I advance, sign away the life of my fetus, take a seat. After a while, my name is called. I am introduced to a male doctor, who tells me I will feel discomfort and pressure. There is a nurse to assist him, while simultaneously holding my hand. I love the idea of a ready-made friend and nod with way too much enthusiasm for the occasion. The doctor says, “Have you weighed your options carefully?”

I take a moment to think about the word weigh, but do not understand, ultimately, what it means. The word options and carefully are equally foreign. My life is lived on one speed: warp. I change into a white gown, lie down, and obey the instructions: do not move. After twenty minutes, the baby is sucked out. I glance up just as the nurse is lifting the lid of a bin labeled “Hazardous Waste.” A broken sob tears open my mouth: I wanted my baby’s remains. Not to be grotesque, just because. I’m left alone to dress.

I’m sorry, I say, to the wall. So sorry, I repeat. This last part is said on the floor, where I’m now sprawled, bleeding, in a torn paper gown. Knock knock. I rise. 

Back outside, I gather my bearings: I may as well be on Mars. I look at the post-operative brochure in my hand. On the cover is a pensive young woman, looking into a full-length mirror, as if practicing her lines for an off-off-Broadway debut of Grease.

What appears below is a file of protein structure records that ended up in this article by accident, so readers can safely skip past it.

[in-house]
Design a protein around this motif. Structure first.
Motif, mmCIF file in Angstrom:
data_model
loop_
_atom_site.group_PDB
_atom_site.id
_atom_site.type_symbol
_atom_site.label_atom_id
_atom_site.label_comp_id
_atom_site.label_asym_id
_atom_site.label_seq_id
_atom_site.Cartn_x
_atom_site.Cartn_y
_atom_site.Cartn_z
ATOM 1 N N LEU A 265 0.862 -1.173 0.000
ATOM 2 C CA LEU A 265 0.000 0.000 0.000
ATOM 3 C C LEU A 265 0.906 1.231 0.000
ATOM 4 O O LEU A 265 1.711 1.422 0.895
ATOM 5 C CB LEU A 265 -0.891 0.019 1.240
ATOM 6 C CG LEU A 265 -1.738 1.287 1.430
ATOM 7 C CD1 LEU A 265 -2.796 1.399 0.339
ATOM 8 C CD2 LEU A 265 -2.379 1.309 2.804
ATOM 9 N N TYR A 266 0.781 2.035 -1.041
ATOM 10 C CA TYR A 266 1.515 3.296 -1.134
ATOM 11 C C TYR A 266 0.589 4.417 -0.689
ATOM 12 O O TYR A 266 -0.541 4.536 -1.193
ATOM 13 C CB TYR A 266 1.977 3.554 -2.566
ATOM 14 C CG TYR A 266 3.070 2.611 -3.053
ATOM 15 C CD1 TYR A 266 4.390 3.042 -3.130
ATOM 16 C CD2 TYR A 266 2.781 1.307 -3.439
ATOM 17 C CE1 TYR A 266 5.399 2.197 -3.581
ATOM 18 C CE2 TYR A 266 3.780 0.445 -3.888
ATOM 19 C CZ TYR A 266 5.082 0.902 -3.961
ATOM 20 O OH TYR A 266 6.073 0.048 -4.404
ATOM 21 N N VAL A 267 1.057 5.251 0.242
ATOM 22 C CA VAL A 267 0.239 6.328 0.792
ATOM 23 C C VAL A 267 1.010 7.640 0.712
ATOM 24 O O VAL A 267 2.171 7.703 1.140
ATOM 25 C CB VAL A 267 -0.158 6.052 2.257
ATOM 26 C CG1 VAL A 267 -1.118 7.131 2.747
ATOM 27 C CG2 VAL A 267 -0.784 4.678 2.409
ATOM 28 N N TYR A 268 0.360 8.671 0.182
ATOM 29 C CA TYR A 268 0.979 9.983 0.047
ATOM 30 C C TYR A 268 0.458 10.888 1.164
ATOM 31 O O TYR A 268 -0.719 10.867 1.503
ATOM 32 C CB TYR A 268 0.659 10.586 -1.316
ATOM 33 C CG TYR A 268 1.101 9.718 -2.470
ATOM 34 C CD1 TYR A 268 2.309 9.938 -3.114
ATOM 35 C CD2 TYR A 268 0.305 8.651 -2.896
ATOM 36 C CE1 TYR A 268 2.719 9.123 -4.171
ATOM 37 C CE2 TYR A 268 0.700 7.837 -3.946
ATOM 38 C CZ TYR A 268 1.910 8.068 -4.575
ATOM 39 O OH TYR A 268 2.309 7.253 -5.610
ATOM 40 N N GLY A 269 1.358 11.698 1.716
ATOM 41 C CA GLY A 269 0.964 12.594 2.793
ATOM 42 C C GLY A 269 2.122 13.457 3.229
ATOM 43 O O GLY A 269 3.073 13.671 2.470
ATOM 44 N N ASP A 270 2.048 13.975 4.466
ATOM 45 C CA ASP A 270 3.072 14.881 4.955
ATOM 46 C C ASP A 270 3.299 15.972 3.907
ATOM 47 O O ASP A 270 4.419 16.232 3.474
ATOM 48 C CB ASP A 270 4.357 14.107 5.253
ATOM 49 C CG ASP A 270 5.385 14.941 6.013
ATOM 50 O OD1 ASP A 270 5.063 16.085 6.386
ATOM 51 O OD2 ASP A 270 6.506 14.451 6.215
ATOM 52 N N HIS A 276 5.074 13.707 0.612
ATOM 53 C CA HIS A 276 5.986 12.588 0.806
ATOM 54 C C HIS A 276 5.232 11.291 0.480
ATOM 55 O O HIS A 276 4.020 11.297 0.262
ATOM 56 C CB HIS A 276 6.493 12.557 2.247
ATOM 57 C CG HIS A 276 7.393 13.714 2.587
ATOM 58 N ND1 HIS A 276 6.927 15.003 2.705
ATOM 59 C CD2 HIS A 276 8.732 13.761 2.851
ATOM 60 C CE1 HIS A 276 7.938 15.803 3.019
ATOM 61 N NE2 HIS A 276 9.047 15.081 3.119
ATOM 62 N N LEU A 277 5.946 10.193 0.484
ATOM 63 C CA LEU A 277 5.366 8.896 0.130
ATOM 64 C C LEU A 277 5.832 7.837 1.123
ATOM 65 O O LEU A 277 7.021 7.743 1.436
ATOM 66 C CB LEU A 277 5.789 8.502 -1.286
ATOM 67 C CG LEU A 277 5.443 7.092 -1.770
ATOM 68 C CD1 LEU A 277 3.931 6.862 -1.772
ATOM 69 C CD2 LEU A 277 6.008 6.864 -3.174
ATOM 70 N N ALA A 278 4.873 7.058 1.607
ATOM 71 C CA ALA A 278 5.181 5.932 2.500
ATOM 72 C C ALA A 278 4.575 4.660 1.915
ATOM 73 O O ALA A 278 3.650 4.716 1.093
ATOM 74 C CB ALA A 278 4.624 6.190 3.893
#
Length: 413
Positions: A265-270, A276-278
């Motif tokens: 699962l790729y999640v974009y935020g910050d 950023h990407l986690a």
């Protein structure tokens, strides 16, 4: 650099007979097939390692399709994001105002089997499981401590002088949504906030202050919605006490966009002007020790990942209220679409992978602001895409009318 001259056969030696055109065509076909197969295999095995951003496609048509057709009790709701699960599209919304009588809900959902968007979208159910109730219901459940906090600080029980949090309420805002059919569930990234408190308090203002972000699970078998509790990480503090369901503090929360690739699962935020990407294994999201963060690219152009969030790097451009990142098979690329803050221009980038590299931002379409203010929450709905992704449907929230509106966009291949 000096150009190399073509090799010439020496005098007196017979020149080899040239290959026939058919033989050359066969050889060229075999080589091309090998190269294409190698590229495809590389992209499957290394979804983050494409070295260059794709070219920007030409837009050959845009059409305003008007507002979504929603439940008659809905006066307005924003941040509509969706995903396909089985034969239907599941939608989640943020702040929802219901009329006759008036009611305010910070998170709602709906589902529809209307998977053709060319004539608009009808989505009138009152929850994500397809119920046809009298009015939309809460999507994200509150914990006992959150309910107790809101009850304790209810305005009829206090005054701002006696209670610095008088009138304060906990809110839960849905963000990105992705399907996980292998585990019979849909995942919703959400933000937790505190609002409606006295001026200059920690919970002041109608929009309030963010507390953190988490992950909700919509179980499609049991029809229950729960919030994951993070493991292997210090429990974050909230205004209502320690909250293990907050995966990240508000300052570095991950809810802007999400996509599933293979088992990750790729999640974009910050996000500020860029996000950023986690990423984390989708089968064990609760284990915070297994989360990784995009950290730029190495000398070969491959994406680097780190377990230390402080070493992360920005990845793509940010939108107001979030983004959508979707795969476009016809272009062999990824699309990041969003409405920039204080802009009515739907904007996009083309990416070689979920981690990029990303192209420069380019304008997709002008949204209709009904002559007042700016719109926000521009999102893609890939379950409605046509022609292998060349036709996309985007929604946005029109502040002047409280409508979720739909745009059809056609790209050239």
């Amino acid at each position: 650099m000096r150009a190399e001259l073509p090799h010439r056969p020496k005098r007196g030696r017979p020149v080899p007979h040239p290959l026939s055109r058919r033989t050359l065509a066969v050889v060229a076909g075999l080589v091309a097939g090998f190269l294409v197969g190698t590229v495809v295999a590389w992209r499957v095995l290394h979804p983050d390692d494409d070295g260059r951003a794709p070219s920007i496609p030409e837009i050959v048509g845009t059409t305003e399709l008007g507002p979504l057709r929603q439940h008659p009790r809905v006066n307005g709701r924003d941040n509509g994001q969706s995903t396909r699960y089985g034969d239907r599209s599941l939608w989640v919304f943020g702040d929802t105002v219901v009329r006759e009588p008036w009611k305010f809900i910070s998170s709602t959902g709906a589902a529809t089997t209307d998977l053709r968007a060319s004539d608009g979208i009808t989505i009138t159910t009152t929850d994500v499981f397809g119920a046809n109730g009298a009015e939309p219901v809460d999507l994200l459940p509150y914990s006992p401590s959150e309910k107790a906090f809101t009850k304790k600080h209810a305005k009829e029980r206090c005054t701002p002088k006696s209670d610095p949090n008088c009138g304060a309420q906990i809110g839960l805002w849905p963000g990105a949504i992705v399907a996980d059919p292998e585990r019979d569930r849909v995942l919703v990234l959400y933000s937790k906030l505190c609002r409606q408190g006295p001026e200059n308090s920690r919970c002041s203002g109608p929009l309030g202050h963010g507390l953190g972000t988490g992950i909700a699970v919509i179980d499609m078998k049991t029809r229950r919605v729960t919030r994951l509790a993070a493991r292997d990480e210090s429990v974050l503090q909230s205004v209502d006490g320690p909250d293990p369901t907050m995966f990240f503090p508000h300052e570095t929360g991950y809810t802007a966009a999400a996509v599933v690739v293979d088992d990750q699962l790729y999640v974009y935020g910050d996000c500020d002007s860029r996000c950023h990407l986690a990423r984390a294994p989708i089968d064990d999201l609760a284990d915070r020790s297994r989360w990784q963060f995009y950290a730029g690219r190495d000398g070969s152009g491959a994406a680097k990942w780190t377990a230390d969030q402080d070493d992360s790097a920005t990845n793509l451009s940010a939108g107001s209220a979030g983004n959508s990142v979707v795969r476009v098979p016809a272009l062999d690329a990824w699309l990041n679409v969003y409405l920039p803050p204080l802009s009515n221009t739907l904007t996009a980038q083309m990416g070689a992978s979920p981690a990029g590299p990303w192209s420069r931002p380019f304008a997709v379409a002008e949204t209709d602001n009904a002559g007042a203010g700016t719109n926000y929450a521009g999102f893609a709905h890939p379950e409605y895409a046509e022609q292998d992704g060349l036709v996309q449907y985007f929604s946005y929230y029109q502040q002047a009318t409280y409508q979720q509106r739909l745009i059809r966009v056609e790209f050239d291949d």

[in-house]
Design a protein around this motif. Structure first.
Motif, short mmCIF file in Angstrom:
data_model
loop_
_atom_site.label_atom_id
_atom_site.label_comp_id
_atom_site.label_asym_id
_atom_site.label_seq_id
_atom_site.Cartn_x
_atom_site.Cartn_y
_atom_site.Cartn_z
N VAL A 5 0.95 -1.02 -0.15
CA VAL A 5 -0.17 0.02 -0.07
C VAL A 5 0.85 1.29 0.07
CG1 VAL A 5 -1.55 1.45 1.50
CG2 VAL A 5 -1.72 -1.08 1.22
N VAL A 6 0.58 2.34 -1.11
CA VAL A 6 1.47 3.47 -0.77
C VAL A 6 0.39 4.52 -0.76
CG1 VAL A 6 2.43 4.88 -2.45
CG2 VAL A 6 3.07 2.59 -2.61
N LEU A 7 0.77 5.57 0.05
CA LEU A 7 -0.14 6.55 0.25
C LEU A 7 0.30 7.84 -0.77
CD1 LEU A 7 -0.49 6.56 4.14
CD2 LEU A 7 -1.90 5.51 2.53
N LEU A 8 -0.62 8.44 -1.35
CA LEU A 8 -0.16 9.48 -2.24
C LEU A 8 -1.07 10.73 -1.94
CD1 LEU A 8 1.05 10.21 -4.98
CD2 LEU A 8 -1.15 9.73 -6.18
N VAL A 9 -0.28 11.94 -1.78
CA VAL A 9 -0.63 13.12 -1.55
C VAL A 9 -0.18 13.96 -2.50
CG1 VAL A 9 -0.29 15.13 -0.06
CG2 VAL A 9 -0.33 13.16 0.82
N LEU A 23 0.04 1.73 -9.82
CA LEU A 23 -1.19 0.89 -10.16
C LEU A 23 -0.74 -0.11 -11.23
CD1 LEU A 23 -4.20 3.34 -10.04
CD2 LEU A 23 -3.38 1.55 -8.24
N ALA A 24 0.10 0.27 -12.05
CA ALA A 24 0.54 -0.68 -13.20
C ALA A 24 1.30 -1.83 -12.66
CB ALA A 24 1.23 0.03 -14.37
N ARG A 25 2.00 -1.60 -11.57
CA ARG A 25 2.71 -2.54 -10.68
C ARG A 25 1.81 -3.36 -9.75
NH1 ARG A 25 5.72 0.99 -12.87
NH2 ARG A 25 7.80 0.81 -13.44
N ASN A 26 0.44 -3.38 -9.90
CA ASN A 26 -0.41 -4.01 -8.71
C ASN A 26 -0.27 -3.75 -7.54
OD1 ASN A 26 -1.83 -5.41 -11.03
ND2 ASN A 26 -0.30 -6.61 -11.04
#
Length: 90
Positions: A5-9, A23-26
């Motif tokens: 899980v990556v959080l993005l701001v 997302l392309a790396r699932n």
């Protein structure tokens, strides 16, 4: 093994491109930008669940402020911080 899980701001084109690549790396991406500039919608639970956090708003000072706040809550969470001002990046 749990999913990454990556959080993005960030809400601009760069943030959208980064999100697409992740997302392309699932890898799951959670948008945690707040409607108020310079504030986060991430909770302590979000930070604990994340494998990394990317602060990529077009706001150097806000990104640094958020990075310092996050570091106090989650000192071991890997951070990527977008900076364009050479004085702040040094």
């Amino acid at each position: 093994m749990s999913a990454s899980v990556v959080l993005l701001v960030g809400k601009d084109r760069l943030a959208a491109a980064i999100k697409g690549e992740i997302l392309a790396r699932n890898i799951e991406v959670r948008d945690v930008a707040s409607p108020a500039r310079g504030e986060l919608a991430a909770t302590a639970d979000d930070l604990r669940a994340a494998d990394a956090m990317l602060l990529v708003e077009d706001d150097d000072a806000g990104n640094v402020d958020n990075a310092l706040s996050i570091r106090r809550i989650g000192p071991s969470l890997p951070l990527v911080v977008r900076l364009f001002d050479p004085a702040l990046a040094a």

In the First World’s epicenter, people make big splashes, and leave with unpaid utility bills and broken hearts. This could be my fate, too, if I wanted it. I do not want it, cannot think of anything else. I am wearing a yellow slicker, levi jeans. I could pass for a normal, well-adjusted, 24-year-old city girl, because that is who I am.

My name is not Rachel, it is Helen. Henceforth I will refer to my baby as Paul.

I see a couple across the street, arguing. The man smacks the woman across the face. She reels, then charges, beating him with her purse. A scuffle. It starts to rain. I sing to Paul, who never existed, and who is now dead. There are no words, only sounds. It is a dark song, for a dark day, but gives me a reason to keep walking. People stare.

Through years of indiscriminant eavesdropping during house parties, I learned it is advantageous to establish oneself financially before going about the complicated business of fucking strangers and crying into flat beer. Hmm, I thought. That’s odd.